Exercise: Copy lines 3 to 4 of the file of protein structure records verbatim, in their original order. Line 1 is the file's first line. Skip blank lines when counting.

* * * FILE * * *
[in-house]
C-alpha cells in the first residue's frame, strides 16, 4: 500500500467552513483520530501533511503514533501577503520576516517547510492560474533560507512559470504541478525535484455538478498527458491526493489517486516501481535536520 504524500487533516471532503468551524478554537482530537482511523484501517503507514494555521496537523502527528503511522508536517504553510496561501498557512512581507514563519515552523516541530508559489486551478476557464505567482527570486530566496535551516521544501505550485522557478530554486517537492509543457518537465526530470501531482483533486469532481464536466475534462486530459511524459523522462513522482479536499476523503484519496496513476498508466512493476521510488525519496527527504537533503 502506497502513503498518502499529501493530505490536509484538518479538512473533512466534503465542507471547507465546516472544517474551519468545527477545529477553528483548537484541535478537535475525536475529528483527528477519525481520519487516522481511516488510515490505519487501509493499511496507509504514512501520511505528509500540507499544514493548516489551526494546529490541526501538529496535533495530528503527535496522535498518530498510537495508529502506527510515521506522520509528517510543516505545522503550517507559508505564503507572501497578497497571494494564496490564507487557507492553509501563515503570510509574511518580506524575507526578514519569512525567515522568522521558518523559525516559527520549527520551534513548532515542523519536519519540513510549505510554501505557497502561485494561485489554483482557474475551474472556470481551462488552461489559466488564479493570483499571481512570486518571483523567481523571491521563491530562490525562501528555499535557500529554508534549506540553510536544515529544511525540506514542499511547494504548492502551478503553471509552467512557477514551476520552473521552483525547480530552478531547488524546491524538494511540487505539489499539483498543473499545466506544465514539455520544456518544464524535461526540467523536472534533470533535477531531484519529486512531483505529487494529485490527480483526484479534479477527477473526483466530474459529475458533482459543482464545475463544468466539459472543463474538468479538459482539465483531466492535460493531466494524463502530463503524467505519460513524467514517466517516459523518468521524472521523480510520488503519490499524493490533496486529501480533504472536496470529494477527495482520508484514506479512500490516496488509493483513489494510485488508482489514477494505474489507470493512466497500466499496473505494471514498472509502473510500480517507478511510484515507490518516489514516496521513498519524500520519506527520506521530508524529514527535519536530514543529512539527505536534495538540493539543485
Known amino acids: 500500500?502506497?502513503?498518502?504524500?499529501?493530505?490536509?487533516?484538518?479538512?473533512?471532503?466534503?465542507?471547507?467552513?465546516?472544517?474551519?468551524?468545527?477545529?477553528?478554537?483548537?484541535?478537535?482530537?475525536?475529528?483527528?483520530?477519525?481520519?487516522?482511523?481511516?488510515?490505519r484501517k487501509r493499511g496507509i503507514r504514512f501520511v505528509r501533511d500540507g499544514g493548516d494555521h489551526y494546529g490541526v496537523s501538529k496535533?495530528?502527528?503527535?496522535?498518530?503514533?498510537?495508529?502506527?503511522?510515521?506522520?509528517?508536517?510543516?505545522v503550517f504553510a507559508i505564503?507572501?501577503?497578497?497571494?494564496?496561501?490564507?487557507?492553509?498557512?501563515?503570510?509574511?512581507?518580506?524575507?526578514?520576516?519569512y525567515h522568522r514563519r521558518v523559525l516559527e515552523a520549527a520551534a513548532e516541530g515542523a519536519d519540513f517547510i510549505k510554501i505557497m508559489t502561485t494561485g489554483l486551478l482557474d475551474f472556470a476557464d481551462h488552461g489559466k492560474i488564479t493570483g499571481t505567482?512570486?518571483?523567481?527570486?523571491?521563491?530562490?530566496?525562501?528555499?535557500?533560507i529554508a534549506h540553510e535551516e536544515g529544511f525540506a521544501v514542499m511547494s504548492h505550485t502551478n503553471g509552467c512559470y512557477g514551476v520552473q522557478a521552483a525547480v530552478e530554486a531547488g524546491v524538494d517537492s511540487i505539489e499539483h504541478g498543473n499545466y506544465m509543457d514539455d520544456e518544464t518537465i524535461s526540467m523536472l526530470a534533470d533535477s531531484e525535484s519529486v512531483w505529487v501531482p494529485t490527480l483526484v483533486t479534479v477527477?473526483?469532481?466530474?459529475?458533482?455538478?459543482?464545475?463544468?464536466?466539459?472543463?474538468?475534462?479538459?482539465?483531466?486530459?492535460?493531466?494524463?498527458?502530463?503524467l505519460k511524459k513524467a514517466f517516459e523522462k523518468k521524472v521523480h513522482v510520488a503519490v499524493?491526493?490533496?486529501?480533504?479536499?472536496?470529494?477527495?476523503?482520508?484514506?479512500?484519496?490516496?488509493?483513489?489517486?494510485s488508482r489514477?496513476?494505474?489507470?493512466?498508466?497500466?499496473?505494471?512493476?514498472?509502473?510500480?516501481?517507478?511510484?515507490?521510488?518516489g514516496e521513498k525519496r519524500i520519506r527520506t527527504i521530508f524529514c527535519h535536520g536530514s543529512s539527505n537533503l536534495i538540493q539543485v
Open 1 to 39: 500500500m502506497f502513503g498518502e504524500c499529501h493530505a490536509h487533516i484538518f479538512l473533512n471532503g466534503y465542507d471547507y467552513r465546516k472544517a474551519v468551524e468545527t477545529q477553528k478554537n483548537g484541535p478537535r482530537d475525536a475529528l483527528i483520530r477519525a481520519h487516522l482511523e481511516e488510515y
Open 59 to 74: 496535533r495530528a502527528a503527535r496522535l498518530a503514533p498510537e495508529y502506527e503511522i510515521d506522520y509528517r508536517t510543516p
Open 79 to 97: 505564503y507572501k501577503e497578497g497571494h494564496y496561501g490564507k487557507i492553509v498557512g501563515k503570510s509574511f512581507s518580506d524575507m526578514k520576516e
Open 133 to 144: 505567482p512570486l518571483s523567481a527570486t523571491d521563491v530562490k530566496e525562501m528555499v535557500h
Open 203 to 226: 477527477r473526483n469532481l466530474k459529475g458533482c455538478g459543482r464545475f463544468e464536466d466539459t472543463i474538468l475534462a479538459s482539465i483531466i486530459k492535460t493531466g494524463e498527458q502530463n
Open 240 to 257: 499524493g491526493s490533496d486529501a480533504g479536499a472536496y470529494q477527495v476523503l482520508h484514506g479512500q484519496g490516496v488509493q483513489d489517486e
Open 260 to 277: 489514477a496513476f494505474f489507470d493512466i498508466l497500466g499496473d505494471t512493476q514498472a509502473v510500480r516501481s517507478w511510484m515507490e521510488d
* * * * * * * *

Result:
Known amino acids: 500500500?502506497?502513503?498518502?504524500?499529501?493530505?490536509?487533516?484538518?479538512?473533512?471532503?466534503?465542507?471547507?467552513?465546516?472544517?474551519?468551524?468545527?477545529?477553528?478554537?483548537?484541535?478537535?482530537?475525536?475529528?483527528?483520530?477519525?481520519?487516522?482511523?481511516?488510515?490505519r484501517k487501509r493499511g496507509i503507514r504514512f501520511v505528509r501533511d500540507g499544514g493548516d494555521h489551526y494546529g490541526v496537523s501538529k496535533?495530528?502527528?503527535?496522535?498518530?503514533?498510537?495508529?502506527?503511522?510515521?506522520?509528517?508536517?510543516?505545522v503550517f504553510a507559508i505564503?507572501?501577503?497578497?497571494?494564496?496561501?490564507?487557507?492553509?498557512?501563515?503570510?509574511?512581507?518580506?524575507?526578514?520576516?519569512y525567515h522568522r514563519r521558518v523559525l516559527e515552523a520549527a520551534a513548532e516541530g515542523a519536519d519540513f517547510i510549505k510554501i505557497m508559489t502561485t494561485g489554483l486551478l482557474d475551474f472556470a476557464d481551462h488552461g489559466k492560474i488564479t493570483g499571481t505567482?512570486?518571483?523567481?527570486?523571491?521563491?530562490?530566496?525562501?528555499?535557500?533560507i529554508a534549506h540553510e535551516e536544515g529544511f525540506a521544501v514542499m511547494s504548492h505550485t502551478n503553471g509552467c512559470y512557477g514551476v520552473q522557478a521552483a525547480v530552478e530554486a531547488g524546491v524538494d517537492s511540487i505539489e499539483h504541478g498543473n499545466y506544465m509543457d514539455d520544456e518544464t518537465i524535461s526540467m523536472l526530470a534533470d533535477s531531484e525535484s519529486v512531483w505529487v501531482p494529485t490527480l483526484v483533486t479534479v477527477?473526483?469532481?466530474?459529475?458533482?455538478?459543482?464545475?463544468?464536466?466539459?472543463?474538468?475534462?479538459?482539465?483531466?486530459?492535460?493531466?494524463?498527458?502530463?503524467l505519460k511524459k513524467a514517466f517516459e523522462k523518468k521524472v521523480h513522482v510520488a503519490v499524493?491526493?490533496?486529501?480533504?479536499?472536496?470529494?477527495?476523503?482520508?484514506?479512500?484519496?490516496?488509493?483513489?489517486?494510485s488508482r489514477?496513476?494505474?489507470?493512466?498508466?497500466?499496473?505494471?512493476?514498472?509502473?510500480?516501481?517507478?511510484?515507490?521510488?518516489g514516496e521513498k525519496r519524500i520519506r527520506t527527504i521530508f524529514c527535519h535536520g536530514s543529512s539527505n537533503l536534495i538540493q539543485v
Open 1 to 39: 500500500m502506497f502513503g498518502e504524500c499529501h493530505a490536509h487533516i484538518f479538512l473533512n471532503g466534503y465542507d471547507y467552513r465546516k472544517a474551519v468551524e468545527t477545529q477553528k478554537n483548537g484541535p478537535r482530537d475525536a475529528l483527528i483520530r477519525a481520519h487516522l482511523e481511516e488510515y